BTW $75.00 is a really good price. There are some places in my area that charge over $200.00.
- Good luck
Back Squat 435lbs
Shoulder Press 195lbs
Bench Press 315lb
Main site WODs are ridiculous. I've been crossfitting for over a year and I still shake my head at most of what they post. One thing about crossfit is, SOME people setup WODs that make them look and feel elite..almost like a clique for people with ego.
The OTHER 95% of crossfit enthusiasts program normal WODs that can be performed or easily scaled. I personally have no interest in doing a mainsite WOD where I have to scale or sub EVERYTHING. It's unnecessarily demoralizing when there are lots of other movements that work just as well for average Joe who doesn't aspire to do ring handstand pushups.
My advice is to checkout the affiliates listed on the mainsite and find one with reasonable programming. The LESS posted on a WOD, the better. Some of them post a shitload of technique and procedures that clog up the post and confuse inexperienced readers.
Good luck and have fun!
Last edited by Patz; 10-18-2011 at 07:56 AM.
I thought I was the only one who didn't like the main sites programming. Good to know I am not alone in that one haha
Can someone who does crossfit tell me the point of kipping?
In other words, why not do / train toward full-range of motion, non-kipping pullups, and muscleups, etc.
To my eye, it looks like simply sacrificing form for the sake of higher reps or even for the sake of doing a movement that you are not really ready for.
For the record, I currently do "gymnastic bodies" style strength training and a fair bit of running:
Kipping is kipping. Not a pullup. It's like using a concept 2 rower vs cable rows, or push press vs strict press. Similar/same motion, different goal.
We do lots of dead hang pull ups too.
I understand that if is different from dead hang.
Maybe I should have asked directly in my first post: What's the goal of kipping?
Well you can typically do more work than a standard strict pull up, I know I can do more reps and feel like I worked harder because of that. I can't do too many strict pull ups but I can string together a decent number of kipping ones. It also works different muscles than a strict pull up, I feel it uses more core.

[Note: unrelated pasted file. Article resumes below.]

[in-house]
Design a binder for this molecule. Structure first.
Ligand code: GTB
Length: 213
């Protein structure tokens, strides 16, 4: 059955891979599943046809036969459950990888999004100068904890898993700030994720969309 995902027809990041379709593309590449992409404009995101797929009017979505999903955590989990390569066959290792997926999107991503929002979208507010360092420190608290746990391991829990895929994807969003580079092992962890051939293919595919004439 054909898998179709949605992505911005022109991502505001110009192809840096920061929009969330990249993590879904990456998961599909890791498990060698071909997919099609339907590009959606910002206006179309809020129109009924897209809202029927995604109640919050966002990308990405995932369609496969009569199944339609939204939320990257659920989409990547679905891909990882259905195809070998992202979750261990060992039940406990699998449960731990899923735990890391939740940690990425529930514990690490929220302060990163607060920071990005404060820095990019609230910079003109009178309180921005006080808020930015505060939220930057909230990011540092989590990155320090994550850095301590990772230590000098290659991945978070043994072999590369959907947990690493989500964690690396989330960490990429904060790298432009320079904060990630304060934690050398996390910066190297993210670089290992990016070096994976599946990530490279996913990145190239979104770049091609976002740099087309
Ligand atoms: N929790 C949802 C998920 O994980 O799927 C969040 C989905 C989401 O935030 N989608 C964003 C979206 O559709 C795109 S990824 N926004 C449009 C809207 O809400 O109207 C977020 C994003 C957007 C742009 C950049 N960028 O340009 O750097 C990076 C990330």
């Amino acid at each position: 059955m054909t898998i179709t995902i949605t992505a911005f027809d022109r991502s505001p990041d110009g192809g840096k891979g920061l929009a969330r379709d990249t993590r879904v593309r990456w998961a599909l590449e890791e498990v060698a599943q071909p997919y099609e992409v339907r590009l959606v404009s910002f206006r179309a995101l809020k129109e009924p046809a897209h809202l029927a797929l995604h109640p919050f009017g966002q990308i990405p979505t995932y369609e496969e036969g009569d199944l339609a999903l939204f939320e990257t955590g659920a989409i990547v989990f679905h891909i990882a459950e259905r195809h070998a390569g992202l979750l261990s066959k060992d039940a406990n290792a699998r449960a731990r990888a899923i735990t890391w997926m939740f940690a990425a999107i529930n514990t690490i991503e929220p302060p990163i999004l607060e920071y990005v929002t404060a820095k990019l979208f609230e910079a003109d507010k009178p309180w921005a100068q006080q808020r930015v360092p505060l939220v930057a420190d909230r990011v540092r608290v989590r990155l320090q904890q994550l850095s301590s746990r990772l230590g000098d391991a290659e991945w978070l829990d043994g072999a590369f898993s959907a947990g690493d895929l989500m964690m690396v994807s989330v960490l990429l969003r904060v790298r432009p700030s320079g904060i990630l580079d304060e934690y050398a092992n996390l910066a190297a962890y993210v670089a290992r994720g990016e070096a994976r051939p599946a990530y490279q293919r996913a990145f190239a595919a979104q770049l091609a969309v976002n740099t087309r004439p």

I guess I see kipping as using momentum to complete movements you otherwise could not. But maybe I'm missing something. That's what I was trying to understand.
Bodyweight exercises are interesting in that slight changes (can) make a large difference. Slightly different hand positions or body positions can change the leverage of and exercise dramatically, basically turning it into a "different" exercise altogether.
Anyway, as Crossfit is supposed to train a well-rounded athlete that is "ready for anything", I was really wondering what kipping was meant to accomplish. I really just don't know / don't understand.
Maybe someone else who is more knowledgeable can chime in but after I do a workout heavy in kipping pull ups I really feel it in my shoulders, back, and core so I would say it works those areas pretty well. And while it does use momentum, you still have to control the momentum in order to efficiently use it and that takes work as well. Try them out sometime, might like em.
ncsuLuke, there are plenty of videos and articles on the mainsite about kipping. It is probably one of the most controversial movements in CrossFit and they have had to defend it numerous times.
Here are a few:
Back Squat 435lbs
Shoulder Press 195lbs
Bench Press 315lb
Thanks for the links. I understand now.
Good articles. I never bother arguing the superior explosivity of a Kip anymore. Anyone who only does traditional pull ups finds that shocking and ridiculous.
For the record, I was never able to do a dead hang pull-up until after I learned to Kip. Now I can do 5. That's a big deal for me.